Southern Appalachian Highlands Conservancy
34 Wall Street, Suite 802
Asheville, NC 28801
Phone: (828) 253-0095
Web: www.appalachian.org

Of course, the June display of R. catawbiense in the Roan Highlands, especially on Grassy Ridge, is another “must see” since the mountaintop turns pink when the rhododendrons bloom. As I look out on those distant mountains, I wonder how many other wonderful selections of our native species are hiding in remote sites. Yes, there is much for modern plant explorers to do.

Grassy Ridge
Catawbiense on Grassy Ridge
Grassy Ridge
Grassy Ridge Point in Bloom

Double Flowered Native Azaleas

Double calendulaceum We have found some very rare double forms of our native azalea species in the wild too, such as a superb double calendulaceum (pictured leftt) that we discovered near Wayah Bald in North Carolina. We refer to that plant as ‘Wayah Double‘ but it surely deserves a better name. The flowers are 2 inches wide, hose in hose, with 10 petals but no stamens. The color is a light apricot orange brushed with red on the buds. It has a broad gold blotch that extends into three of the five petals on each whorl in the corolla. We have seen other double forms of calendulaceum near Wayah Bald, and people have told us of more double flame azaleas near Mt. Pisgah, NC.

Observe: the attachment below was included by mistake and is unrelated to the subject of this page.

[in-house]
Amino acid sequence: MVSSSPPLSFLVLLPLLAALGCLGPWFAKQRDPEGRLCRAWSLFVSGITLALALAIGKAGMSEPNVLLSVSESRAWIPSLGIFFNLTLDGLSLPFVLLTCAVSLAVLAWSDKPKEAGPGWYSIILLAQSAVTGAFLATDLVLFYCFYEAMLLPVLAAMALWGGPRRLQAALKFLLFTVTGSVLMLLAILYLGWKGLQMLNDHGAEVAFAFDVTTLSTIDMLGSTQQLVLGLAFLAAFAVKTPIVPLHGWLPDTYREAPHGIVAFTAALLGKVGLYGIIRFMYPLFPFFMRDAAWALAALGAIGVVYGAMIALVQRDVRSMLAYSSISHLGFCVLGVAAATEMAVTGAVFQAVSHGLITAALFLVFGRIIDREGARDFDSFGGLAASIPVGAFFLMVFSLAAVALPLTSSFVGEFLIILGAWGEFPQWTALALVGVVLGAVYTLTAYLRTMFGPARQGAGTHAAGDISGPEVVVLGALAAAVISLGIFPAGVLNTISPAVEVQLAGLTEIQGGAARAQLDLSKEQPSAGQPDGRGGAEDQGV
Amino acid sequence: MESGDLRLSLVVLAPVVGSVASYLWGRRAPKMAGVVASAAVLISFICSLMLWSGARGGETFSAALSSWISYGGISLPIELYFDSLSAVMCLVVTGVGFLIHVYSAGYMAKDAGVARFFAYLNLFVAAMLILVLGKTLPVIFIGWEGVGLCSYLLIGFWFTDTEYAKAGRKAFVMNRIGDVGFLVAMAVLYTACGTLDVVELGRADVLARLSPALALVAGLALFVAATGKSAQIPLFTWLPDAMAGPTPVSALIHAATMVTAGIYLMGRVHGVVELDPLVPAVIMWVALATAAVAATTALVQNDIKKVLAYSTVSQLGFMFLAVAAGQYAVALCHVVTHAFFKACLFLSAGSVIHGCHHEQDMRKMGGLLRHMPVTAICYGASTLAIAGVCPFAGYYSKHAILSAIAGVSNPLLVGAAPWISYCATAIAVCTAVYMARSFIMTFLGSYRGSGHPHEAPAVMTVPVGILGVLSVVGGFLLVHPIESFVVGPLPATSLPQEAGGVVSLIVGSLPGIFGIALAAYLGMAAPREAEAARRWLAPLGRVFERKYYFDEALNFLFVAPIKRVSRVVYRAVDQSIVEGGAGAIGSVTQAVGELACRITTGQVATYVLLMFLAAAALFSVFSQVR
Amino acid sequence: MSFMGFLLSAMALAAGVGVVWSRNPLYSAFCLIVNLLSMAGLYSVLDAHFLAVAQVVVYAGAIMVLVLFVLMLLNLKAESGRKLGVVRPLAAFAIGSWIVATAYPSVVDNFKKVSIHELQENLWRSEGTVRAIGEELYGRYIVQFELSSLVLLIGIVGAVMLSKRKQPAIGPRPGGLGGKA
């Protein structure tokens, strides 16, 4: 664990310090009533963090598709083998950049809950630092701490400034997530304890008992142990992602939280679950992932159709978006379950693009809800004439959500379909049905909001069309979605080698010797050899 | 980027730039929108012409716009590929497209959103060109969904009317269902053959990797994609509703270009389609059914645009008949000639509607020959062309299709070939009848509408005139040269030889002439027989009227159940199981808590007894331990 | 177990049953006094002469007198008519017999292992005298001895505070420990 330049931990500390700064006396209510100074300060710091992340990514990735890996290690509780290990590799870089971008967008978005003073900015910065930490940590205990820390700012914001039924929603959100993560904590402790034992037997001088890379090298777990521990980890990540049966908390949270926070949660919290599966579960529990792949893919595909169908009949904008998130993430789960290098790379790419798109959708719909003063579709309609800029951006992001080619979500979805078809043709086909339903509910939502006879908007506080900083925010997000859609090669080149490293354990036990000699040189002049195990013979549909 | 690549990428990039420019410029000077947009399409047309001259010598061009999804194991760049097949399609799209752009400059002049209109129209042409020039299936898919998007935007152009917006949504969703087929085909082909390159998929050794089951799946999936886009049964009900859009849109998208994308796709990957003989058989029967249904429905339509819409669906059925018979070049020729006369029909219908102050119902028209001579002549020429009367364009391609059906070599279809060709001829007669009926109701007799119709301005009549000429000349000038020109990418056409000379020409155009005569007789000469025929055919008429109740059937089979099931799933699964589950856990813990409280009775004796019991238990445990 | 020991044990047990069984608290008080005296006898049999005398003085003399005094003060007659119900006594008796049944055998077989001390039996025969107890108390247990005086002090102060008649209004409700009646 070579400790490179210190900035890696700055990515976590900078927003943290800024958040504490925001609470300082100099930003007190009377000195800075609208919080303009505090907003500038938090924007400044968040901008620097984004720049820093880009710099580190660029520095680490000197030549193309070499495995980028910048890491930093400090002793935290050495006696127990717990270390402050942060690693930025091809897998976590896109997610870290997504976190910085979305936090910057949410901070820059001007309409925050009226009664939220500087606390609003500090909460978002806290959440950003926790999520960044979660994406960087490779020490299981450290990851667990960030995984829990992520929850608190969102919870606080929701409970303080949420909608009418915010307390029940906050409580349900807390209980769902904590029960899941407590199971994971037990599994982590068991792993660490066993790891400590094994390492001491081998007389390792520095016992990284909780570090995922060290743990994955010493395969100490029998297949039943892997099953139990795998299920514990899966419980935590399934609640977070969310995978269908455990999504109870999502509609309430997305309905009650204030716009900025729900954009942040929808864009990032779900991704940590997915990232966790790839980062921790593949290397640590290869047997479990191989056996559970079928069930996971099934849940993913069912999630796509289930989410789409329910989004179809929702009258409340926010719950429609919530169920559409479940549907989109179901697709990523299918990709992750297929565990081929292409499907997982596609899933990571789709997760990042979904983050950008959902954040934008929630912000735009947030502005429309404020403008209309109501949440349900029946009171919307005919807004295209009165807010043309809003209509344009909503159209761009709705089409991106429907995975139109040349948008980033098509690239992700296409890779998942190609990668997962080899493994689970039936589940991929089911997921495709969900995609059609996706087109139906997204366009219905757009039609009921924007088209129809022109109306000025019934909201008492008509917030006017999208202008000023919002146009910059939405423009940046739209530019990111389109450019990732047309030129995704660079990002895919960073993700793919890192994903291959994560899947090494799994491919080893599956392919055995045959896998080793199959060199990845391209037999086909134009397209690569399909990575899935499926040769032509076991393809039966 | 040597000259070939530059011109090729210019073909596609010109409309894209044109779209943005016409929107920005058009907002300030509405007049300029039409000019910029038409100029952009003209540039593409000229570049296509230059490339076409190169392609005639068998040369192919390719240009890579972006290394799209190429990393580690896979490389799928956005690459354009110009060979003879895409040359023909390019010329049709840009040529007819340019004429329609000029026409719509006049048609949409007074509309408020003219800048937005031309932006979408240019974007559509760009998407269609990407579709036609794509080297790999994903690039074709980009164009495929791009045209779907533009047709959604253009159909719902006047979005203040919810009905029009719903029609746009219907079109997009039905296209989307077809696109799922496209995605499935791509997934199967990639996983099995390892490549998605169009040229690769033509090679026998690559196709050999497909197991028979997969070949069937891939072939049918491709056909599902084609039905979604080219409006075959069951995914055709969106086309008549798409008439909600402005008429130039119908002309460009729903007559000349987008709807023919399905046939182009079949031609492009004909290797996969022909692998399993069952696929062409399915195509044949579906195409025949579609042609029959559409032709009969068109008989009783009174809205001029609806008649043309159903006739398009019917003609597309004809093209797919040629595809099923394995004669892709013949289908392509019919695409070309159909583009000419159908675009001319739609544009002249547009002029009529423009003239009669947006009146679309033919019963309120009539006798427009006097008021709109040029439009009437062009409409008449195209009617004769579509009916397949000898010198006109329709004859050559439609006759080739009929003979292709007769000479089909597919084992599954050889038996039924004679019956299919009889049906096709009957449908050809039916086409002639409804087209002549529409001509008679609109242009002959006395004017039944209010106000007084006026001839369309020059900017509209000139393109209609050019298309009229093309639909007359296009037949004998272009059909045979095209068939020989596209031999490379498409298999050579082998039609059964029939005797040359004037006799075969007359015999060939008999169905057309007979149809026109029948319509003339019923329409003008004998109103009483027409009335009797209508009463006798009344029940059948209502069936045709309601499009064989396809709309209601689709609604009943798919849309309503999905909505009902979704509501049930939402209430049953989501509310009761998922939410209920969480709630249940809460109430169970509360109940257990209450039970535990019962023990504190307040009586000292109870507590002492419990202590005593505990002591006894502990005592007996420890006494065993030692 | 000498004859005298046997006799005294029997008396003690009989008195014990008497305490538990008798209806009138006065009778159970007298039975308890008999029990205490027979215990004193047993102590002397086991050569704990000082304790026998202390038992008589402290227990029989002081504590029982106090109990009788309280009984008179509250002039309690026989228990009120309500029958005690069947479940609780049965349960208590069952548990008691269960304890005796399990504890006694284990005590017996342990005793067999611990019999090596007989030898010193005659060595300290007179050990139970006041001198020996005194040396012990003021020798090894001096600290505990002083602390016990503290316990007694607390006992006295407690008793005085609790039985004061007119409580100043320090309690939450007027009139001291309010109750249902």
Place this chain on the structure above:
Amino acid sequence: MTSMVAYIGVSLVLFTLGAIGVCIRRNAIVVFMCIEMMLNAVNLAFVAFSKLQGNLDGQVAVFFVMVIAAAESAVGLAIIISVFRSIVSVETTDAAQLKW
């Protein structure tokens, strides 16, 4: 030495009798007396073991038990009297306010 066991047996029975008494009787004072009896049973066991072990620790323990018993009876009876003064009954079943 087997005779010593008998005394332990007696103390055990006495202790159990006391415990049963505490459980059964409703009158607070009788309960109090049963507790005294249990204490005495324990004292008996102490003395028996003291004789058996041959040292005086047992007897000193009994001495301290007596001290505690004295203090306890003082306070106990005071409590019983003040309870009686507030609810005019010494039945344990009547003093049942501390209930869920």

George McLellan found a pure white double viscosum in Virginia this year (below right). In 2003 we found a double, petaloid cumberlandense in Georgia near Slaughter Mountain (below left). It reminded me of a small 'Koromo Shikibu' but with ten narrow petals of light orange.

Double Cumberlandense
Double cumberlandense
Double viscosum
Double viscosum

New Forms of the Fragrant R. arborescens

R. arborescens is surely one of our finest native species. It typically blooms in June with white flowers, distinctive red stamens, and a delightful fragrance, the most strongly scented of our native azaleas. The flowers of aborescens are not as large as calendulaceum but we have found selections that do exceed 2 inches in diameter.

Clarence Towe has introduced a large flowered arborescens selection with a yellow blotch and it has a compact plant habit. He calls it ‘White Lightning’. According to native azalea expert Dr. Kathleen Kron, arborescens is not supposed to have a blotch so that plant probably has some other native azalea genes in its background somewhere. Regardless, it looks and smells like arborescens and makes a great landscape plant whether it is a pure species or not.

Large Arborescens
Arborescens, large flowered form
White Lightning
White Lightning
Compact Arborescens
Arborescens, compact form
Late Arborescens
Arborescens, late blooming form